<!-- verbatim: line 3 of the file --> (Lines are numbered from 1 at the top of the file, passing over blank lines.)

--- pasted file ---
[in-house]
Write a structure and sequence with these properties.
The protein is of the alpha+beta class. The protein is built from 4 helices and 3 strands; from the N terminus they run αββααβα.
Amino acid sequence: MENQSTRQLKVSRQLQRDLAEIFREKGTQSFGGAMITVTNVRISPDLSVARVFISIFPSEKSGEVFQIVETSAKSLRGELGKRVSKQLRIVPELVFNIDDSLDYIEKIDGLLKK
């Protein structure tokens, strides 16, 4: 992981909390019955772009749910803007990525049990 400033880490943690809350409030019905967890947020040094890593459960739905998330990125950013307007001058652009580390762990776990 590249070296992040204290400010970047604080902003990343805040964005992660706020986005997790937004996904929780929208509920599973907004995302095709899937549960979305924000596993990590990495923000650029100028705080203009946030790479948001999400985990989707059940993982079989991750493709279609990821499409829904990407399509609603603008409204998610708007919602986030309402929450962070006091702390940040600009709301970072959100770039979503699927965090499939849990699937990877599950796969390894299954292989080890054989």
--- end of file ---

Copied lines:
The protein is of the alpha+beta class. The protein is built from 4 helices and 3 strands; from the N terminus they run αββααβα.